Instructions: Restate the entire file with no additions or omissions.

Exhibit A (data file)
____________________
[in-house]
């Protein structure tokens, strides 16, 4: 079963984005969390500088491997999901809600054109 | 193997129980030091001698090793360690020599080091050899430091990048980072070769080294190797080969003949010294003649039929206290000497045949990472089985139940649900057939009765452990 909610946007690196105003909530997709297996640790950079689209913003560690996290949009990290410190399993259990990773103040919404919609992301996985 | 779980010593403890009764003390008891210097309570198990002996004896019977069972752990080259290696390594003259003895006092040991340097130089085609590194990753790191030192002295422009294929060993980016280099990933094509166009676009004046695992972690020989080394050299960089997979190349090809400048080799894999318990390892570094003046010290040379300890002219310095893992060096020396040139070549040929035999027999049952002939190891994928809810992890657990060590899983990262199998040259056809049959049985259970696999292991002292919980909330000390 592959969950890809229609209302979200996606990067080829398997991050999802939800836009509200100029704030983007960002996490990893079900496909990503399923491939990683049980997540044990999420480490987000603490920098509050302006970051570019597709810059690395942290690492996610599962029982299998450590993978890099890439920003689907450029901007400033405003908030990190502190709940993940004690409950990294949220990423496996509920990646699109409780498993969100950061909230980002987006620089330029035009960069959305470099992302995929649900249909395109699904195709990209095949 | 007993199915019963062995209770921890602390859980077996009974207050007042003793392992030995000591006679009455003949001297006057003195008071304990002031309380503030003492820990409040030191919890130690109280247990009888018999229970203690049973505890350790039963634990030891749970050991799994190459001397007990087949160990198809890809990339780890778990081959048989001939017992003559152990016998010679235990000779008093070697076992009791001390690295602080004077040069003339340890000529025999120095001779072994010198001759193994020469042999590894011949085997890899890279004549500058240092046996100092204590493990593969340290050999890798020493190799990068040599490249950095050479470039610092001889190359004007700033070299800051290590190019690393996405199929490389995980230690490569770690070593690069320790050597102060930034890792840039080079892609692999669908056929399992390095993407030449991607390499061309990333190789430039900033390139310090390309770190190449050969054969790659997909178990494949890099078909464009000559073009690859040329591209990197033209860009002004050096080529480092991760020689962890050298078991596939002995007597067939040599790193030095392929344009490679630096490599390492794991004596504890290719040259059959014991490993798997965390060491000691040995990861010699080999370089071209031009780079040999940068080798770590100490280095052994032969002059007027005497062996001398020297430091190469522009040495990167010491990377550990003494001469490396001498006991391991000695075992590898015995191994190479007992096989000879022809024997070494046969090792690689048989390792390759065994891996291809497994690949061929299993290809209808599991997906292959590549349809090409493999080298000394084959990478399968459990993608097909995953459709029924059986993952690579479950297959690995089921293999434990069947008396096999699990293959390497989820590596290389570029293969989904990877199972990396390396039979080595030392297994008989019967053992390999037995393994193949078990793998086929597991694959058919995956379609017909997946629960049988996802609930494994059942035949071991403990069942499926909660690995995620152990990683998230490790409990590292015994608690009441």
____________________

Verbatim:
[in-house]
């Protein structure tokens, strides 16, 4: 079963984005969390500088491997999901809600054109 | 193997129980030091001698090793360690020599080091050899430091990048980072070769080294190797080969003949010294003649039929206290000497045949990472089985139940649900057939009765452990 909610946007690196105003909530997709297996640790950079689209913003560690996290949009990290410190399993259990990773103040919404919609992301996985 | 779980010593403890009764003390008891210097309570198990002996004896019977069972752990080259290696390594003259003895006092040991340097130089085609590194990753790191030192002295422009294929060993980016280099990933094509166009676009004046695992972690020989080394050299960089997979190349090809400048080799894999318990390892570094003046010290040379300890002219310095893992060096020396040139070549040929035999027999049952002939190891994928809810992890657990060590899983990262199998040259056809049959049985259970696999292991002292919980909330000390 592959969950890809229609209302979200996606990067080829398997991050999802939800836009509200100029704030983007960002996490990893079900496909990503399923491939990683049980997540044990999420480490987000603490920098509050302006970051570019597709810059690395942290690492996610599962029982299998450590993978890099890439920003689907450029901007400033405003908030990190502190709940993940004690409950990294949220990423496996509920990646699109409780498993969100950061909230980002987006620089330029035009960069959305470099992302995929649900249909395109699904195709990209095949 | 007993199915019963062995209770921890602390859980077996009974207050007042003793392992030995000591006679009455003949001297006057003195008071304990002031309380503030003492820990409040030191919890130690109280247990009888018999229970203690049973505890350790039963634990030891749970050991799994190459001397007990087949160990198809890809990339780890778990081959048989001939017992003559152990016998010679235990000779008093070697076992009791001390690295602080004077040069003339340890000529025999120095001779072994010198001759193994020469042999590894011949085997890899890279004549500058240092046996100092204590493990593969340290050999890798020493190799990068040599490249950095050479470039610092001889190359004007700033070299800051290590190019690393996405199929490389995980230690490569770690070593690069320790050597102060930034890792840039080079892609692999669908056929399992390095993407030449991607390499061309990333190789430039900033390139310090390309770190190449050969054969790659997909178990494949890099078909464009000559073009690859040329591209990197033209860009002004050096080529480092991760020689962890050298078991596939002995007597067939040599790193030095392929344009490679630096490599390492794991004596504890290719040259059959014991490993798997965390060491000691040995990861010699080999370089071209031009780079040999940068080798770590100490280095052994032969002059007027005497062996001398020297430091190469522009040495990167010491990377550990003494001469490396001498006991391991000695075992590898015995191994190479007992096989000879022809024997070494046969090792690689048989390792390759065994891996291809497994690949061929299993290809209808599991997906292959590549349809090409493999080298000394084959990478399968459990993608097909995953459709029924059986993952690579479950297959690995089921293999434990069947008396096999699990293959390497989820590596290389570029293969989904990877199972990396390396039979080595030392297994008989019967053992390999037995393994193949078990793998086929597991694959058919995956379609017909997946629960049988996802609930494994059942035949071991403990069942499926909660690995995620152990990683998230490790409990590292015994608690009441």